Forum spotlights business growth in digital age
The Vietnamese Party and State defined information, communications and technology as an important part of infrastructure and an effective tool to create a new development model and a momentum for boosting the knowledge-based economy as well as improving national competitiveness.
HAØ NOÄI Telecom and internet providers in Vieät Nam have recorded US$6.1 billion in revenue and created more than 851 jobs, experts said at a forum on enterprises in the digital age held in Haø Noäi yesterday.
The forum took place in conjunction with the announcement of the Vietnam Chamber of Commerce and Industry (VCCI)s annual report on business in Vieät Nam.
The IT and telecom sectors production value contributed over 0.7 per cent to the nations GDP on average in 2017-18. In 2016, the number of IT/telecom businesses surpassed 11,000, accounting for 2.2 per cent of Vieät Nams total figure.
Apart from the application of advanced technologies in traditional sectors, the digital age has given birth to a number of nontraditional business models in Vieät Nam, like online car hailing and financial technology (fintech) services.
Expert said fast changes in these new models have sometimes outpaced legal regulations, thus causing difficulties for their providers and conflicts between them and their traditional peers.
VCCI Chairman Vuõ Tieán Loäc said last year, the Prime Minister issued Decree 16 on capacity building for the Fourth Industrial Revolution.
He said the decree put forth key measures on IT infrastructure development, and prioritised the building of digital industry, smart agriculture and smart cities.
He noted companies ought to design their relevant action plans and join the public sectors efforts in building strategies for smart governance and innovation.
Loäc also acknowledged the achievements of the business sector last year, with the establishment of 126,859 new firms, the highest number recorded to date.
Phaïm Thò Thu Haèng, head of the Vieät Nam Business Insight Survey, a VCCI initiative, said the year saw improvements in the private sector, but the trend of smaller-scale firms persisted and the rate of performance failure among small scale businesses remained high.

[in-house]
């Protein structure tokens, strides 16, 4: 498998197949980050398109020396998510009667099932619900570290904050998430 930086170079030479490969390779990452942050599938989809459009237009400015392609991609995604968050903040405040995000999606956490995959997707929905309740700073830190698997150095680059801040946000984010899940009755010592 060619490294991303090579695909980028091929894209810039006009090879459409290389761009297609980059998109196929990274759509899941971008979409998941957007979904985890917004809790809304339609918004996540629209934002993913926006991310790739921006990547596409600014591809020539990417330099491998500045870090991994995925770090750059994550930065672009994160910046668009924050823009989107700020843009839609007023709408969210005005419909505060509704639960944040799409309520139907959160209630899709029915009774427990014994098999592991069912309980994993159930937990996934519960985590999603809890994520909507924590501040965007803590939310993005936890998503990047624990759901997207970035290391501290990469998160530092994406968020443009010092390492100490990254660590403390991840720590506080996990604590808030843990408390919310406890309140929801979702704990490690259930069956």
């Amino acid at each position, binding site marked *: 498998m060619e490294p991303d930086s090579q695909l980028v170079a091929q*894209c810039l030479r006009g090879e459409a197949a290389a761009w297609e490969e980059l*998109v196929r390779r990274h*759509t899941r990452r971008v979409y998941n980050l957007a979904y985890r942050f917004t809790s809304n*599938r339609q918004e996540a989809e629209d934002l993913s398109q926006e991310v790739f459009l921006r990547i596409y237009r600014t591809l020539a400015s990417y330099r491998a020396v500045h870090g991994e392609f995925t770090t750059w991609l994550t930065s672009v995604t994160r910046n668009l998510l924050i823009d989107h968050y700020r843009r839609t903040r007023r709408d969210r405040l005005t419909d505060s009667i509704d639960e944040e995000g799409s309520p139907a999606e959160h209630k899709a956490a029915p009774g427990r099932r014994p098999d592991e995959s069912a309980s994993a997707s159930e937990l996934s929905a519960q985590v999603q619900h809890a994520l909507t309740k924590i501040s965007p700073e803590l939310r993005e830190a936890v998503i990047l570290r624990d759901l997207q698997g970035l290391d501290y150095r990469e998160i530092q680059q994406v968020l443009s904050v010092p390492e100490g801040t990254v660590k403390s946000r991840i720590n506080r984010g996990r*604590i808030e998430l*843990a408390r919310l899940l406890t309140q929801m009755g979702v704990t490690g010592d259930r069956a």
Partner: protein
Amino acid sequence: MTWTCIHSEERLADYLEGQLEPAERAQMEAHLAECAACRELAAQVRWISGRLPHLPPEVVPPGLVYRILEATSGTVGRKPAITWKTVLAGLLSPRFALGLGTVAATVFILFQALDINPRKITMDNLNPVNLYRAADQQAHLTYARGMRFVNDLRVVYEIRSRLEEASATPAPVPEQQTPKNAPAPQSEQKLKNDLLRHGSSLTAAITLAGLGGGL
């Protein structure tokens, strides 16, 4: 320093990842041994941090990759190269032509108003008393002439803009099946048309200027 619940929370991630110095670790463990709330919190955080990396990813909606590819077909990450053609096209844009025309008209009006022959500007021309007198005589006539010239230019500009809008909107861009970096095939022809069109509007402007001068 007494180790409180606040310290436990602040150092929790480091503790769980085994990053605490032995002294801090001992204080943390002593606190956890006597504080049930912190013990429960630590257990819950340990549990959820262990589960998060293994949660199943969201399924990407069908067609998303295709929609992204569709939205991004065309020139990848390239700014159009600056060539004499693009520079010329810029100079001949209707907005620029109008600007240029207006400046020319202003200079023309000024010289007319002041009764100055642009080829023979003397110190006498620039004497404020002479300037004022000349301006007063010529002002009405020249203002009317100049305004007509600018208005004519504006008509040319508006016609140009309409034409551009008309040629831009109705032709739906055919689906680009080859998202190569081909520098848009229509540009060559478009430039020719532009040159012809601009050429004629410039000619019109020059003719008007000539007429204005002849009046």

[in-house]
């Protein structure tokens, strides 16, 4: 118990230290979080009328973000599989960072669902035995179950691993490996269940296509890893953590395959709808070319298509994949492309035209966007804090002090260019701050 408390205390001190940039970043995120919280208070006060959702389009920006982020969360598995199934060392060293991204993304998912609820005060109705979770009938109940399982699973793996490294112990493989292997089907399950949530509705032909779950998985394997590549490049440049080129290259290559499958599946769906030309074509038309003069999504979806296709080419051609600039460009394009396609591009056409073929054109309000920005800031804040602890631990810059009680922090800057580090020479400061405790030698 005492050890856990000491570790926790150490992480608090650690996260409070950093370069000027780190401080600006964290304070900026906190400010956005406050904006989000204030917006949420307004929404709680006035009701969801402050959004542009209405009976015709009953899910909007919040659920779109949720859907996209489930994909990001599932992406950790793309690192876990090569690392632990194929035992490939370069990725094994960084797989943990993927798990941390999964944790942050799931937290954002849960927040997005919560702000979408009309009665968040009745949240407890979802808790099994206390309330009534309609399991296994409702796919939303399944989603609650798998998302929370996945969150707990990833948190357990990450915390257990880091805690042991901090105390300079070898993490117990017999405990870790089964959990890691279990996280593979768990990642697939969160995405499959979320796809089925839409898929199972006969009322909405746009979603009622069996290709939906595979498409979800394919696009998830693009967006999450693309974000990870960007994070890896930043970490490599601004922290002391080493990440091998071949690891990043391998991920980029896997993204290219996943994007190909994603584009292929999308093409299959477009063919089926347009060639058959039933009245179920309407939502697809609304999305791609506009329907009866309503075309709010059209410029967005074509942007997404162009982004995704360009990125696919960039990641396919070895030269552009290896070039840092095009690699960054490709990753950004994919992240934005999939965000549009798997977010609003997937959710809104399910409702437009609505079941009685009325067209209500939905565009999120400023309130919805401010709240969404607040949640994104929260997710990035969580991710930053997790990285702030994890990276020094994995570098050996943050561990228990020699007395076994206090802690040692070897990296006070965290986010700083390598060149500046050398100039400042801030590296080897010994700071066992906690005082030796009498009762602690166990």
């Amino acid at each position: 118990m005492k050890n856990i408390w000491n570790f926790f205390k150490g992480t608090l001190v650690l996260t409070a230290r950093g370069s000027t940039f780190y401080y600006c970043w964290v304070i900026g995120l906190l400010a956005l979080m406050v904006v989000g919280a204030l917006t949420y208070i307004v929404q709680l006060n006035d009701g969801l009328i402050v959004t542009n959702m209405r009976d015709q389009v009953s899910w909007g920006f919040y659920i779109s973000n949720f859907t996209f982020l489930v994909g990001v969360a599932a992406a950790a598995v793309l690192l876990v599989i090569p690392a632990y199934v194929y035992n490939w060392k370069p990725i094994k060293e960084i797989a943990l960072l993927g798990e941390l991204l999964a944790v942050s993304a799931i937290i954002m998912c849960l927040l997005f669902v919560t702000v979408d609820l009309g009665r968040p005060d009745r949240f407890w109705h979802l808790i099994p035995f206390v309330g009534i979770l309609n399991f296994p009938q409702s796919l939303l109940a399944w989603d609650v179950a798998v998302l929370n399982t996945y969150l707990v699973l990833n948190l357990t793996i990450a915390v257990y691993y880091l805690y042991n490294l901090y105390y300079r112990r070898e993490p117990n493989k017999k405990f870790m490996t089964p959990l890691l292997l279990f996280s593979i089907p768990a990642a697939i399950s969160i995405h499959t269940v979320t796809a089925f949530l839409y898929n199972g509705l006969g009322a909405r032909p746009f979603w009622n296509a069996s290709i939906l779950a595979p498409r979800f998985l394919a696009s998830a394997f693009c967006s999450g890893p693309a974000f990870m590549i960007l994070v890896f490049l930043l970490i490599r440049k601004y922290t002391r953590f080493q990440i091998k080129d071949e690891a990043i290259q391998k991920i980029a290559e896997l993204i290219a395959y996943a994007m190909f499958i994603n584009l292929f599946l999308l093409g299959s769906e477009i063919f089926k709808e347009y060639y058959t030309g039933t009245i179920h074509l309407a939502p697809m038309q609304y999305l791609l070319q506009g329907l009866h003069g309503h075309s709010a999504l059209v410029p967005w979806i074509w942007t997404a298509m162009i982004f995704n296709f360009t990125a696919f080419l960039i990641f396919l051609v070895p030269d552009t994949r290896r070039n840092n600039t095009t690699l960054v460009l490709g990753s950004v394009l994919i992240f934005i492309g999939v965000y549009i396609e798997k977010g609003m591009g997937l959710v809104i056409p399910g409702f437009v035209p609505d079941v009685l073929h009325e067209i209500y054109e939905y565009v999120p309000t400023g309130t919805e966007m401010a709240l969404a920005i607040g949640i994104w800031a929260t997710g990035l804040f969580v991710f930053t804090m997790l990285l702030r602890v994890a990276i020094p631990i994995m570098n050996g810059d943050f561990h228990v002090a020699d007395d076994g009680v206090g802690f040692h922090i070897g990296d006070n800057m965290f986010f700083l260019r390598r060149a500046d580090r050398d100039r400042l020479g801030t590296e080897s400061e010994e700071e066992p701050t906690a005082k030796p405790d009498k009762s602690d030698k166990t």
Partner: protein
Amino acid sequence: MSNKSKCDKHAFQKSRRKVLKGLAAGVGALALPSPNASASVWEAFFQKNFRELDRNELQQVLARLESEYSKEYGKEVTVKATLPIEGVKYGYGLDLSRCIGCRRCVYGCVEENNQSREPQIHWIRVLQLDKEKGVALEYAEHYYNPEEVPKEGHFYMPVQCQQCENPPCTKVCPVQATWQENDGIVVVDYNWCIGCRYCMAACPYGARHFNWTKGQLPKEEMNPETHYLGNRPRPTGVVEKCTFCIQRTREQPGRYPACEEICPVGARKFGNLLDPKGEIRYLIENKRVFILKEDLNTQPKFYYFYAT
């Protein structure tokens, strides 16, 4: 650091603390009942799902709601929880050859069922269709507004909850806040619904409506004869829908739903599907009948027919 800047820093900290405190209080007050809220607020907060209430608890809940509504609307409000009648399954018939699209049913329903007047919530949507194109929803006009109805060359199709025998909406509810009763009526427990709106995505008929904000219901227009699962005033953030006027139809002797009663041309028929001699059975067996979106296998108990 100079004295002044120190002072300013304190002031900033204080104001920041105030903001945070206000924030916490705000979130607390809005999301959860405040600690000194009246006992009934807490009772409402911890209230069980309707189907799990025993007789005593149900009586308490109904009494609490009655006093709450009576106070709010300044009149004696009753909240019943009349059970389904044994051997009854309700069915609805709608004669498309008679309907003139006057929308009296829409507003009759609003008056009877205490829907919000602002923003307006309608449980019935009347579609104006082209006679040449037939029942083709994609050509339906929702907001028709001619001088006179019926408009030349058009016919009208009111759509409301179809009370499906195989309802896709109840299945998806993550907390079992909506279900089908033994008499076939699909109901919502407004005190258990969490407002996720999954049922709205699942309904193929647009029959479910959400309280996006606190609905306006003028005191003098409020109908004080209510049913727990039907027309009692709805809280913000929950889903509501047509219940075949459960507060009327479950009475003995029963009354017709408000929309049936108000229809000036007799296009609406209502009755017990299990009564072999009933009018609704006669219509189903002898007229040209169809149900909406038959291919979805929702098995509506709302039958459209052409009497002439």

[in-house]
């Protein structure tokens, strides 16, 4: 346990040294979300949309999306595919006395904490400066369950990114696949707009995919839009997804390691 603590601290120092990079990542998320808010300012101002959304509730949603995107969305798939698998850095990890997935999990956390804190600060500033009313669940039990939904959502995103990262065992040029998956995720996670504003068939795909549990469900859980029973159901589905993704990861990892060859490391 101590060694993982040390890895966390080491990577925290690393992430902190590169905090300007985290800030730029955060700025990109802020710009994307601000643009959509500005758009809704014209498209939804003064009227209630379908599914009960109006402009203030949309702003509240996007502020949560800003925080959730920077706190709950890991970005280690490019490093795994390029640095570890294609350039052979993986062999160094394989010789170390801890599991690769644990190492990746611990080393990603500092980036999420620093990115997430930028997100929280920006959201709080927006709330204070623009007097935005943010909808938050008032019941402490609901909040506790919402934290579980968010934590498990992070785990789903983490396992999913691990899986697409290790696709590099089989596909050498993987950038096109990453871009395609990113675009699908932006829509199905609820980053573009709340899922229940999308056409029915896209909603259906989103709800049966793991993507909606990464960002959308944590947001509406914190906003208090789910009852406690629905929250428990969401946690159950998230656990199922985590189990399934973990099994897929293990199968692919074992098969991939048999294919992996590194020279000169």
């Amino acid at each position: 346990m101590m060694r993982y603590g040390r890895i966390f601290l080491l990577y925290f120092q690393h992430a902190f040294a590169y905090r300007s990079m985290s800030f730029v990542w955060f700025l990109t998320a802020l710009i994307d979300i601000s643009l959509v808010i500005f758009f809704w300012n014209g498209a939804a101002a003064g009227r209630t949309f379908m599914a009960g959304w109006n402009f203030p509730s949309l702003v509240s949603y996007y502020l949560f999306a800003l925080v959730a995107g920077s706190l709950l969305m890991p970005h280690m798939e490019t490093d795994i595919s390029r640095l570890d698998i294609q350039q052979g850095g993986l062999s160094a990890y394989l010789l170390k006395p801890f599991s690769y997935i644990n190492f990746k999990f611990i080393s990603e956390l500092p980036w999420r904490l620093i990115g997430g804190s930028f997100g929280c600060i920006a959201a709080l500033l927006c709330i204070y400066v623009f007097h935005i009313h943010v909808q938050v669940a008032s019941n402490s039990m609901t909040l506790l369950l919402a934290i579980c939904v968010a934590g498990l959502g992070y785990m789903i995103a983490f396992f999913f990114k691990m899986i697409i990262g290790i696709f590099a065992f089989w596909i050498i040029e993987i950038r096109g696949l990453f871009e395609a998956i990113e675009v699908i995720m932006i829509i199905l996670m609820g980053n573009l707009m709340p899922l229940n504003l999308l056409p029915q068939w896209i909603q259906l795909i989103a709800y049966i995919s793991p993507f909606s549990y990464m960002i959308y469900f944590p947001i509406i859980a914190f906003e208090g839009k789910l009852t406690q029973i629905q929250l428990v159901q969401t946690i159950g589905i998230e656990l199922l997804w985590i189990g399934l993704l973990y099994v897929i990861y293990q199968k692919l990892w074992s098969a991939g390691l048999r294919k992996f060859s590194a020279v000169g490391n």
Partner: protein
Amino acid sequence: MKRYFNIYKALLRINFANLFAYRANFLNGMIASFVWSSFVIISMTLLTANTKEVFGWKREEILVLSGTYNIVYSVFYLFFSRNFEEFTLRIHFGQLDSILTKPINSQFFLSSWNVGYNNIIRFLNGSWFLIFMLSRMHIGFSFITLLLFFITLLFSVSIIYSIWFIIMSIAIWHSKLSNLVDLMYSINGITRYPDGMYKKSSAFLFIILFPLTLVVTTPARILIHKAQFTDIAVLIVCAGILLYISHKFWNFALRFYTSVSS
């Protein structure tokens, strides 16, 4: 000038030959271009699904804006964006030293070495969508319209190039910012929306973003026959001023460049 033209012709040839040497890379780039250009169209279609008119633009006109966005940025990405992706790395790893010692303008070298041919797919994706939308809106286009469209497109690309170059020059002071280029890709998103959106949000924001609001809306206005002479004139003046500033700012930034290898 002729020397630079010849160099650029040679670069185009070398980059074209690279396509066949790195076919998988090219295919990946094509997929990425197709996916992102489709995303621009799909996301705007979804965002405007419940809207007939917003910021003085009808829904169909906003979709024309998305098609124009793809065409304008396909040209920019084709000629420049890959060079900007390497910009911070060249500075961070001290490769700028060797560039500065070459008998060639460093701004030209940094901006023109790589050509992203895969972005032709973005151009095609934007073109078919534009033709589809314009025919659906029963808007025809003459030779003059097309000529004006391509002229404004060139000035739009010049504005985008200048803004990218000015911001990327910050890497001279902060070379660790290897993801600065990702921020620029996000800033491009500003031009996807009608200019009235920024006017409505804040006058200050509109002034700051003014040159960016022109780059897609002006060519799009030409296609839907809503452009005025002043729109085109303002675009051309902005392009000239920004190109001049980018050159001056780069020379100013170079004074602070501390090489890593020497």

Improvements needed in ICT
The human resources training quality for information, communications and technology (ICT) needs to be improved quickly amid the Fourth Industrial Revolution, said Deputy Minister of Information and Communications Phan Taâm.
Taâm was speaking at a seminar on Vieät Nam-Australia cooperation in ICT training in Haø Noäi on Wednesday.
The event, co-organised by the Australian Trade and Investment Commission (Austrade) and the Vietnamese Ministry of Information and Communications, is a platform for universities, research organisations and companies of the two countries to exchange training experience and seek collaboration opportunities.
The Vietnamese Party and State defined ICT as an important part of infrastructure and an effective tool to create a new development model and a momentum for boosting the knowledgebased economy as well as improving the national competitiveness in the international economic integration.
Vieät Nam has 250 universities and colleges in addition to 164 vocational training schools providing ICT training, with some 86,000 students. Relevant agencies in Vieät Nam are actively seeking measures to raise the training quality in the field of ICT to create a new generation of workers with good knowledge and skills that can adapt to changes in the digital economic era, Taâm said.
He hoped the experts would discuss about the challenges Vieät Nam was facing in ICT human resources development amidst the impacts of the Fourth Industrial Revolution.
Vuõ Theá Bình, vice chairman of the Vieät Nam Internet Association, said Vietnamese firms were lacking in some 80,000 people for software outsourcing as well as for the blockchain sector in 2018. Of this, HCM City and Haø Noäi have the highest demand of human resources in ICT. Small and medium-sized ICT companies especially have been hard to retain their human resources as a majority of the excellent students choose large foreign enterprises.
It is predicted Vieät Nam will need some 400,000 people in the ICT sector by 2020. The Government has focused on increasing the number of highly skilled engineers, organising studies and supporting hi-tech start-ups as part of the science and technology development strategy in the 2011-20 period.
The Australian government is willing to co-operate and share experience with Vieät Nam in seeking measures to adapt to the Fourth Industrial Revolution (Industry 4.0), said Yvonne Chan, Australian deputy consul general to HCM City and senior trade commissioner of Austrade.
Chan believed that with the presence of leading IT experts from both the countries, the seminar would see the proposal of numerous IT development initiatives and solutions as well as partnerships between Vietnamese and Australian organisations.
At the seminar, participants discussed the impacts of Industry 4.0 on ICT human resources development in Vieät Nam, ICT training demands, priorities and challenges of Vieät Nam and innovative solutions to human resources quality improvement in the digital era in the country. VNS